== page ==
The RSPCA has expanded its pet food bank into Greater Manchester as a result of the cost of living crisis.
The Food Bank Project aims to provide help to the public and reduce animal abandonment.
The scheme was first set up in December of 2021, a consequence of the financial pressures during the pandemic – now, combined with the rising costs of living, the need for food banks has risen even more.
More than 20 RSPCA centres and branches have now teamed up with their local food bank across the north of England, aiming to reach 110 food banks by the end of next year.
Deborah Beats, inspector for Manchester and Food Bank Project officer, said: “We are in desperate need for pet food donations at the minute as the current demand for the food bank scheme is very high.
“Sadly, it seems as though the cost of living increase means that more people are struggling to afford to feed their pets and are relying on the food banks more and more.”
The number of people who have had to put their pets into shelters, unable to afford the costs involved in properly caring for them, has risen greatly as a result of the pandemic and increasing living costs.
Helen Chapman, Animal Rescue Officer and Manchester Food Bank Project officer, added: “We are now bracing for an influx of abandoned pets or owners who have to give them up because they can no longer afford to keep them but we hope that through the food bank we will be able to provide some support to people and their much-loved pets.”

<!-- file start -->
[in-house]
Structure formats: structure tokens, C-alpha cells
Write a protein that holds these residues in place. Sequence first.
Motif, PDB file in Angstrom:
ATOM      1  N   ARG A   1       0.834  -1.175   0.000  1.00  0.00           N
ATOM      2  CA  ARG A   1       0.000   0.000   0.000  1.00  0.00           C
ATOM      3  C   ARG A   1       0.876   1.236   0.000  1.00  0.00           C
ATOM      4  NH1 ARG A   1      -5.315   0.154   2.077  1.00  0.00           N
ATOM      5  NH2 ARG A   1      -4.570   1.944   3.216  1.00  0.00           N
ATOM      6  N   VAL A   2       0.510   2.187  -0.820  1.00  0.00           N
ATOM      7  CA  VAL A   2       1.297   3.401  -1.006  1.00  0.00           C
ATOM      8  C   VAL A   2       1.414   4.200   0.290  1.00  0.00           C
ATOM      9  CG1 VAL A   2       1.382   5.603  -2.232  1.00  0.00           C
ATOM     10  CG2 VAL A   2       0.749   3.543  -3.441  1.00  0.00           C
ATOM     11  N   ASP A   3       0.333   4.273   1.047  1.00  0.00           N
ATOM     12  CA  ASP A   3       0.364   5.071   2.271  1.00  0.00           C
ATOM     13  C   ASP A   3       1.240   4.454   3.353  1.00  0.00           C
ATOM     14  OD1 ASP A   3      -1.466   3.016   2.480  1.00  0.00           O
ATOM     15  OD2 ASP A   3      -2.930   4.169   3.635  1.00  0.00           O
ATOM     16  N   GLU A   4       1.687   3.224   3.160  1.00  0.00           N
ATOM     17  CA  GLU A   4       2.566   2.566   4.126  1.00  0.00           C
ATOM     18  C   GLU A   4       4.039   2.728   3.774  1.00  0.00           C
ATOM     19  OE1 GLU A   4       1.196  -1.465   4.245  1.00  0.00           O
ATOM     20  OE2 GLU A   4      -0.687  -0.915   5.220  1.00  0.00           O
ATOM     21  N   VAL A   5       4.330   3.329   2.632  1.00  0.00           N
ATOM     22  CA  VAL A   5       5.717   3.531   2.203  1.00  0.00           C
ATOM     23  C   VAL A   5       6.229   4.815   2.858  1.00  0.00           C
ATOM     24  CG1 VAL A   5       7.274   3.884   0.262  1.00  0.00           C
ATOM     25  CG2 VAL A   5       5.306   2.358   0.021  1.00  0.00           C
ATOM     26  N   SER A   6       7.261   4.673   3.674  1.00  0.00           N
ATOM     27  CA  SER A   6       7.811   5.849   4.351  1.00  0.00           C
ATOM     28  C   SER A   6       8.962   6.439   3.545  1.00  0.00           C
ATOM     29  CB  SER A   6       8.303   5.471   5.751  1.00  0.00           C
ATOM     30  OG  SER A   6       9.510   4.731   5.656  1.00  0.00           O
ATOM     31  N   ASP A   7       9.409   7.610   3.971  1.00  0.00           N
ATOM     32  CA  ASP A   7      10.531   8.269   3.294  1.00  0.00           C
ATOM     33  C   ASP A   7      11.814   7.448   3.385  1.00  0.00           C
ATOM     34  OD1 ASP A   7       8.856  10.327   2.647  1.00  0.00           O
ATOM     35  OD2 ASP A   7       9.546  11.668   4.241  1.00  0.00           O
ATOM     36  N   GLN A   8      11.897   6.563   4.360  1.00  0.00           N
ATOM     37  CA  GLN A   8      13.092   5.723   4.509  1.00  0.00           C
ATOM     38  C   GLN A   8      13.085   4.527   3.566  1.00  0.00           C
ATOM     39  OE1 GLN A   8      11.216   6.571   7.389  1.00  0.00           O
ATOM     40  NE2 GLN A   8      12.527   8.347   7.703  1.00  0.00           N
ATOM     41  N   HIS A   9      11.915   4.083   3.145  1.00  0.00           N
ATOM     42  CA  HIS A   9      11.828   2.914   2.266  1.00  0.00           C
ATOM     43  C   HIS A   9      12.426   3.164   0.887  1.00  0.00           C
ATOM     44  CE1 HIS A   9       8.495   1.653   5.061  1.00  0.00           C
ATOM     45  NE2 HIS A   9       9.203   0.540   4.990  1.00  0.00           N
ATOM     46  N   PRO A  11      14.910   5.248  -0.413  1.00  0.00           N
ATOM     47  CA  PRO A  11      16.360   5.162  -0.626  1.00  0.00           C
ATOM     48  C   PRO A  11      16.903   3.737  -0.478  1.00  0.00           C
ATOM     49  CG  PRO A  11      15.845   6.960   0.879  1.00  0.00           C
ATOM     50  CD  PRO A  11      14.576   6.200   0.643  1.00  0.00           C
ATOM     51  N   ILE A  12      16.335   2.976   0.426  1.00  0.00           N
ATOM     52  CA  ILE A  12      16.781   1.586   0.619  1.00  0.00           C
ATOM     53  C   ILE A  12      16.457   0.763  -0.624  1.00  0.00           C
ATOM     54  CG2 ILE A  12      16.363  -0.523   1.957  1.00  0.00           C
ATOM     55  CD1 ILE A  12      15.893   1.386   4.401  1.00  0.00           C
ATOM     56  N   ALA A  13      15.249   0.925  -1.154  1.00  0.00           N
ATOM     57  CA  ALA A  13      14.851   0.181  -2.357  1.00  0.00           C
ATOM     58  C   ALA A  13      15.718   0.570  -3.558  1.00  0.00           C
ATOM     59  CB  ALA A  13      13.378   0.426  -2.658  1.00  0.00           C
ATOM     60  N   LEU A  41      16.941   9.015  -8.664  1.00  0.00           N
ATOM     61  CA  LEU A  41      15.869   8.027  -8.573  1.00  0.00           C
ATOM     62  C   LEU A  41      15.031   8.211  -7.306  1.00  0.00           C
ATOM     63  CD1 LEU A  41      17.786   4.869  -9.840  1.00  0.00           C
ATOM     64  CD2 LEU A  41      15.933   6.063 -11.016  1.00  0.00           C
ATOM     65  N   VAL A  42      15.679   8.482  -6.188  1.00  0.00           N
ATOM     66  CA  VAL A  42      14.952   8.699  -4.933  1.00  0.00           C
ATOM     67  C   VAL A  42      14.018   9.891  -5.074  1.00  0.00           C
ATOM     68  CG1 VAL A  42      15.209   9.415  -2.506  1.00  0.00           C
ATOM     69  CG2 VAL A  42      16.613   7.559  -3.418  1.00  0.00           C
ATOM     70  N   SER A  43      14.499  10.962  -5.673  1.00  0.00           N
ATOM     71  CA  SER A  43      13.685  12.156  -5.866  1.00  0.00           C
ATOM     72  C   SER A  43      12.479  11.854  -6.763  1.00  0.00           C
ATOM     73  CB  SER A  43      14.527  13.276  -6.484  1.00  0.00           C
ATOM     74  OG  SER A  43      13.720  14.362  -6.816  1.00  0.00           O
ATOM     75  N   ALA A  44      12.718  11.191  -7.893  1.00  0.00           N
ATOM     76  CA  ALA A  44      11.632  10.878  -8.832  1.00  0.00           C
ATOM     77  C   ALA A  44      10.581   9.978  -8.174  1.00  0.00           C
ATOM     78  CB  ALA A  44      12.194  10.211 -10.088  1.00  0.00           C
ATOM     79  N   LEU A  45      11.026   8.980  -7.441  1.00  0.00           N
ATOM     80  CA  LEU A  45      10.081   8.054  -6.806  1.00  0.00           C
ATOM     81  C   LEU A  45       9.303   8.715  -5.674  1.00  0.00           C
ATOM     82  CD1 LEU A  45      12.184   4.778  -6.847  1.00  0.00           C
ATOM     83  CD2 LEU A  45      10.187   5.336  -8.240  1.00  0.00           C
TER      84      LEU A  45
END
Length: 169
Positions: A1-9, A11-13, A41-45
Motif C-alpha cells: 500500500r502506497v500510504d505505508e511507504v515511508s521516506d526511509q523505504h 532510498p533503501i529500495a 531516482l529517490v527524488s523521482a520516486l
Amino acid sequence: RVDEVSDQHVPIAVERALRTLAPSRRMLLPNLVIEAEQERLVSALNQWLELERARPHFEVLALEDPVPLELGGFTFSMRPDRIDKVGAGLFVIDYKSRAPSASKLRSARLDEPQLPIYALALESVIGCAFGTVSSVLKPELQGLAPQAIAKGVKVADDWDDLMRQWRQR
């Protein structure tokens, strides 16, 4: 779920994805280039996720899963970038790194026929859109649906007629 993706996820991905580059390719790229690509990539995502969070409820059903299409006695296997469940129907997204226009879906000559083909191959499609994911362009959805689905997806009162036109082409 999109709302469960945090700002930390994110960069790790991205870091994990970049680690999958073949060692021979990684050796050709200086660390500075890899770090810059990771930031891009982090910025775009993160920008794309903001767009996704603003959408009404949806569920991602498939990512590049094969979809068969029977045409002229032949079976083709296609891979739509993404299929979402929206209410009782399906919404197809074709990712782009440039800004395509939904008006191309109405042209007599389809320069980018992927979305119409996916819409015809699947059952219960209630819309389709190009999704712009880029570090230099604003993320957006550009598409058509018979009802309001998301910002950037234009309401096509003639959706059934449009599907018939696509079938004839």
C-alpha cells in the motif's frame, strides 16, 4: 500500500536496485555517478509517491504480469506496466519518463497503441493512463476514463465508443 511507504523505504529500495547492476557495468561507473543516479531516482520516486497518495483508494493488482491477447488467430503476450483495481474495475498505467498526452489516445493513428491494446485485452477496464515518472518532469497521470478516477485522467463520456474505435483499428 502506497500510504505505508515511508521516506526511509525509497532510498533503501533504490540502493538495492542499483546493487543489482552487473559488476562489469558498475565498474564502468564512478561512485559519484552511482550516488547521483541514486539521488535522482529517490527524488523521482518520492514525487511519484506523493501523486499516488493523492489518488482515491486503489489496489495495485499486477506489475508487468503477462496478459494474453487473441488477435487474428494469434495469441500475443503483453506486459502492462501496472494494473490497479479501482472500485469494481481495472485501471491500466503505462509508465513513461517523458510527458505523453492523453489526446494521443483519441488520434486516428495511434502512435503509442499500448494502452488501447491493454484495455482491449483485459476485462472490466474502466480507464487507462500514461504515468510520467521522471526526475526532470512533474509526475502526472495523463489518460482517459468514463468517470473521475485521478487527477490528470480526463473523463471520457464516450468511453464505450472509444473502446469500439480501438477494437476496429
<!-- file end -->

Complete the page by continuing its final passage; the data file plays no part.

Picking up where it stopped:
This follows as the RSPCA has released its inaugural report – the Animal Kindness Index – which looks at the nation’s attitude towards animals.
The report, based on a YouGov survey of over 4,000 adults in the UK, revealed that the ever increasing price of living may be threatening people’s ability to care for their animals.
Almost 70% of those who took the survey expressed concern that the cost of care for animals was increasing, and a fifth worried about how they will afford to feed their pets in the future.
Other research from the animal welfare charity in April 2021 showed that there were roughly 4,400 online searches per month about ‘giving up pets’ – in April 2022 this figure had risen to 6,600.
Beats said: “The scheme was set up because we understood that many people were falling on hard times during the pandemic and we wanted to make sure that those who were struggling could still stay with their pets whilst they got back on their feet.”
In light of this, between January and May of this year the Food Bank Project has delivered over 1000 pet food bundles to its partner food banks across the north of England.
Yet, more food is desperately needed – for more information on how to get involved with the Food Bank Project, visit the RSPCA website or call the donation line on 0300 123 8181.